(This blog has been updated several times today as new information became available.)
Make no mistake about it: The city of Colorado Springs has money problems.
The city has turned off streetlights, cut bus service, put its police helicopters up for sale, let go of dozens of employees and yanked about 400 trash cans from neighborhood parks.
But the situation isn’t so dire that regular folks are being encouraged to use their own lawn mowers to cut the grass in the city’s parks.
City officials say the call for residents to help mow the parks is a falsehood that has been repeated by the national media and fueled assertions that conservative cities like Colorado Springs are choking themselves to death.
It started when The Denver Post reported earlier this month that “neighbors are encouraged to bring their own lawn mowers to local green spaces, because parks workers will mow them only once every two weeks. If that.”
Kurt Schroeder, the city’s maintenance, trails and open space manager, said the report is wrong. In fact, he said, the city discourages residents from mowing the parks because of the potential liability to the city government.
“That’s one thing that we don’t want happening, and it’s for the protection of those civic-minded folks who think that they could help out in that fashion,” he said today.
“We just don’t want anyone to put themselves in an undesirable situation where they may be held liable for damage or injury to someone else,” he said.
Post reporter Mike Booth said he stands by the story and that no one has asked him for a correction.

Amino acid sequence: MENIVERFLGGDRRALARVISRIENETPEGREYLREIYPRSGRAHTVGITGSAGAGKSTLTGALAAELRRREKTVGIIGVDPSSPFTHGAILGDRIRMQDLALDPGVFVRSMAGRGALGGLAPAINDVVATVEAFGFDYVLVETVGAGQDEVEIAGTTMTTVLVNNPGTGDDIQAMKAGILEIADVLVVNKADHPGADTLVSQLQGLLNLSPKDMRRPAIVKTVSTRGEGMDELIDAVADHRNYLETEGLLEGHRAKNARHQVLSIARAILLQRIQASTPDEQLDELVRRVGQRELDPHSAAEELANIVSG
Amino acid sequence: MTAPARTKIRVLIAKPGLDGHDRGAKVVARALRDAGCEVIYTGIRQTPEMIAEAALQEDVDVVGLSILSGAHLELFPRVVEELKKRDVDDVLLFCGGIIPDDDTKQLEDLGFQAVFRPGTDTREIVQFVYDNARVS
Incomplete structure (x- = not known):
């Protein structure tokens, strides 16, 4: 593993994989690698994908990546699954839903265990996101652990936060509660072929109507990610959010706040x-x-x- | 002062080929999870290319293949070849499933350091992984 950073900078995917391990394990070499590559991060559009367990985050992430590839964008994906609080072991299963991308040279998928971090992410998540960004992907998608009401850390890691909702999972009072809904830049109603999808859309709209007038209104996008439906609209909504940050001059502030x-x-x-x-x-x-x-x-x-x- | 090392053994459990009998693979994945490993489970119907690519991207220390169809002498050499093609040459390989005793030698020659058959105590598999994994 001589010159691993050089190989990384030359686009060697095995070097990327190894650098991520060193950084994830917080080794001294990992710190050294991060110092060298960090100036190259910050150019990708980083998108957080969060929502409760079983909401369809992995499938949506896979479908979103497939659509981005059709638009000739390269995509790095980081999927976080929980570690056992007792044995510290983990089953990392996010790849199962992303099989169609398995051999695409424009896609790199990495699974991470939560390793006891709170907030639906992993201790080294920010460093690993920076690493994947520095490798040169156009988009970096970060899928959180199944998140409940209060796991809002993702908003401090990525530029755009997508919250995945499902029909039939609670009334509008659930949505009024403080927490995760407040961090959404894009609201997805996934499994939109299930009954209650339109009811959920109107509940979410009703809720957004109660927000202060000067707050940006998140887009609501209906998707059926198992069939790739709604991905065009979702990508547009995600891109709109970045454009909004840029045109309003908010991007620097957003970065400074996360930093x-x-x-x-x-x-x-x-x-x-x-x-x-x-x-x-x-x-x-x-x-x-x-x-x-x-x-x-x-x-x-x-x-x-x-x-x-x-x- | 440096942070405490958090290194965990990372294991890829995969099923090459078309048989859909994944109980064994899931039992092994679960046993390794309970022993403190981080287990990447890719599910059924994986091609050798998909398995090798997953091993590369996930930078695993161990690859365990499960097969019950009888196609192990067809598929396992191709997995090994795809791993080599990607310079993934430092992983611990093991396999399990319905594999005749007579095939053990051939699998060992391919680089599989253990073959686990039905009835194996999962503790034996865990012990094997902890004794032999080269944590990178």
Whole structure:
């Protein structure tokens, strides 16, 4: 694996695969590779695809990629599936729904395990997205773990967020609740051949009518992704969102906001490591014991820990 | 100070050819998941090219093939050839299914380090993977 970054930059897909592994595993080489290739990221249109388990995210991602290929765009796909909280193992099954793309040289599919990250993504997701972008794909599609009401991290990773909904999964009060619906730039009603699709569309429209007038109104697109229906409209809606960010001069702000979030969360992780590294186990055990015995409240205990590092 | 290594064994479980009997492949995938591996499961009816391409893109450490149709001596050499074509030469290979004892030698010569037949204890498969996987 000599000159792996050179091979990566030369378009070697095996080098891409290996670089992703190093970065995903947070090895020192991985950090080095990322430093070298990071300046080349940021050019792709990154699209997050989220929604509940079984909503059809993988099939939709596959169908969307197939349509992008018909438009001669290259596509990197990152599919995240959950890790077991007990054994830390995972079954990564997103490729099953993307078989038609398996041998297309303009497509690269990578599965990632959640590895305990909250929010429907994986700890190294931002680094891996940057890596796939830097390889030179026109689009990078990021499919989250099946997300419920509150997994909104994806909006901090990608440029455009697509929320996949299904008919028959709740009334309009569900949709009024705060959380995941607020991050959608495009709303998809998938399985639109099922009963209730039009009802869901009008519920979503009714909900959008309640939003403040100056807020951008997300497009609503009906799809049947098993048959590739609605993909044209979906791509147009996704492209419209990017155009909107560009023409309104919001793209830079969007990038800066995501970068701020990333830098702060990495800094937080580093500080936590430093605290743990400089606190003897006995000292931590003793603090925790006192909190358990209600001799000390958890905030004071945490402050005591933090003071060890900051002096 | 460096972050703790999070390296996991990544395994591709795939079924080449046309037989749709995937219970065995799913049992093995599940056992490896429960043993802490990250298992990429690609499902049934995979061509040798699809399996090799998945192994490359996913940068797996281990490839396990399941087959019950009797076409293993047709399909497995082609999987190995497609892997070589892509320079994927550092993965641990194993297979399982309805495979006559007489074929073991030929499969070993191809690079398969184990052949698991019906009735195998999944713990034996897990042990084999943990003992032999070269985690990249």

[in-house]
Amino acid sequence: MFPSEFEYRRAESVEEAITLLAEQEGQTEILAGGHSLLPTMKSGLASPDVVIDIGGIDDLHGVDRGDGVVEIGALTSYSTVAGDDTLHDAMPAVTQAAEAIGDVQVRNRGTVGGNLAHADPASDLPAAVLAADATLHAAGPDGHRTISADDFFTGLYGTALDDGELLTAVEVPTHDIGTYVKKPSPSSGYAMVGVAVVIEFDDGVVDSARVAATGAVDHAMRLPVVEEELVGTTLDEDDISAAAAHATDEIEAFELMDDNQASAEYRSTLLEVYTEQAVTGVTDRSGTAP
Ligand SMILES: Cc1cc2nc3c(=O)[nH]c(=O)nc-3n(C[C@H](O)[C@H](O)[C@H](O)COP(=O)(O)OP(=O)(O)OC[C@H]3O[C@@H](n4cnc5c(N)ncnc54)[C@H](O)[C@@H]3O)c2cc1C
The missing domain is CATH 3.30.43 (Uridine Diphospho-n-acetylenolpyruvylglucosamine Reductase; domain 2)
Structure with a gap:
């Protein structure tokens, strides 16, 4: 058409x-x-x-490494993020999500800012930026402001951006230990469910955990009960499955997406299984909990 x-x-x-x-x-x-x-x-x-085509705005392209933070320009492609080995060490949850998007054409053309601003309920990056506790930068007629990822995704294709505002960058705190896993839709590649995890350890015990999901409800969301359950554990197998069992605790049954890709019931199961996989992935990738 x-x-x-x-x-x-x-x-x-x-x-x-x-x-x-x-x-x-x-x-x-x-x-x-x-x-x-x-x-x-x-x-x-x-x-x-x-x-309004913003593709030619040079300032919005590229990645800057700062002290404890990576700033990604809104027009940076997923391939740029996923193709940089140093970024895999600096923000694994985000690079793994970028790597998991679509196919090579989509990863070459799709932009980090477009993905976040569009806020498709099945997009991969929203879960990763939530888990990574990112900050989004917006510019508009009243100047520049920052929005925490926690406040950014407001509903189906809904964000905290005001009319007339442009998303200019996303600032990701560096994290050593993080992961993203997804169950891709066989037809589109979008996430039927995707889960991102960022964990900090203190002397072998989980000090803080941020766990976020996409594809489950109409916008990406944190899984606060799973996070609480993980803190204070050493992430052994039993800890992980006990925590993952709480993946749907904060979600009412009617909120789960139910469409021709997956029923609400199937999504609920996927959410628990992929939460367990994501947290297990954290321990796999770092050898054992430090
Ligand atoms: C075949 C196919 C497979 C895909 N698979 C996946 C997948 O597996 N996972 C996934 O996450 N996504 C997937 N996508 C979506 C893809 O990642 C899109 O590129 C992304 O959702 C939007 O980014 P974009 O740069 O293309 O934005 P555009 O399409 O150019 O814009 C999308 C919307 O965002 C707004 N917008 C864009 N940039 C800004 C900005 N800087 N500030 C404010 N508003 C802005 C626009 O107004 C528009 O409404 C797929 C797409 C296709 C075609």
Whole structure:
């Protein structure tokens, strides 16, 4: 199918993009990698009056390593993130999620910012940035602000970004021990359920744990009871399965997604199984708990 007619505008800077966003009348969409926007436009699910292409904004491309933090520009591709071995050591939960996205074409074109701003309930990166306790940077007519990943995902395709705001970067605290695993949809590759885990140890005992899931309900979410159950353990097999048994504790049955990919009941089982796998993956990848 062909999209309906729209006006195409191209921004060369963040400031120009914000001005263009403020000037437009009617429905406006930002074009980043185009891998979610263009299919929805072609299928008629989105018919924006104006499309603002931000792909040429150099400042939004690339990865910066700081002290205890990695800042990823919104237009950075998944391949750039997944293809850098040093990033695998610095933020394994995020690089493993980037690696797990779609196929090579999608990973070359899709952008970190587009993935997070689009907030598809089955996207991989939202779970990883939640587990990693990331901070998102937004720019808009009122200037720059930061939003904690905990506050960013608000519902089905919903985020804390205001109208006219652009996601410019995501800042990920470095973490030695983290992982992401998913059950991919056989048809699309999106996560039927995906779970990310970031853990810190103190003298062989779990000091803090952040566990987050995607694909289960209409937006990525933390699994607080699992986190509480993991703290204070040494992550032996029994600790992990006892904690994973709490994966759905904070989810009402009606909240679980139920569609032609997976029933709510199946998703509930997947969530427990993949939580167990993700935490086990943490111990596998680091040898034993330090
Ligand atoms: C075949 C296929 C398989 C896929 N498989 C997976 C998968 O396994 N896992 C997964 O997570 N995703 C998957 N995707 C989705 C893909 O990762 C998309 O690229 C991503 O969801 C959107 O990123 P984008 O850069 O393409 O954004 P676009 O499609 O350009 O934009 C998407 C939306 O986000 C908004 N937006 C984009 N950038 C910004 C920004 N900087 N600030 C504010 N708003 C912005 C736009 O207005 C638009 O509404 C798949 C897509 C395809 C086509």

“That may be what they’re saying now,” he said. “That’s not what they told me at the time.”
The city’s parks officials “may have changed their story after they got a lot of flak for it,” Booth said.
“I have detailed notes from my conversation with the parks and rec department,” Booth said in a follow-up e-mail. “Kurt Schroeder said, and I quote, ‘we’ve changed adopt-a-park so volunteers can now mow . . .’ When I asked if that meant volunteers would be checking out city equipment to do the work, he said, no, ‘it has to be their own equipment.’”
After the story in the Post, the information reached a national audience.
“Residents are being asked to bring their own lawnmowers if they want the lawns trimmed in the park,” ABC News anchor Diane Sawyer told viewers.
National Public Radio, which labeled Colorado Springs a “politically conservative city” where voters “rejected a bid to triple local property taxes in order to close a budget gap” repeated the information Sunday.
“Neighbors are being encouraged to bring their lawn mowers to local parks next summer to cut the grass,” NPR reported.
After ABC News aired its story, city spokeswoman Sue Skiffington-Blumberg said the report was entirely accurate.
“Everything they reported is a fact,” she said at the time. “If they were trying to make us look bad for entertainment value, that’s one thing. But these things that they reported on were accurate. Does that make me happy? No. It makes me very sad, but it is true.”
In an e-mail sent this afternoon, Skiffington-Blumberg said asking residents to mow the city’s parks was an option still under consideration as recently as a week ago.
“While we have not yet asked people to bring their mowers to the parks, Kurt and (Parks Director Paul Butcher) both have said it is not out of the question,” she said. “If something has changed in the past four days regarding that perspective, I would defer to the Park Management team. As of a week ago, the option was open for consideration.”
Earlier today, Schroeder said residents were never encouraged to mow the parks.
Schroeder said civic-minded residents can still help the city by adopting a park. Under the Adopt-A-Park program, volunteers are asked to pick up trash, report graffiti and remove weeds, among other chores.
“We can work with people on a number of different ways, but we certainly don’t want someone to just go out there and begin to mow their park,” he said.
“Please do not just show up with your lawn mower.”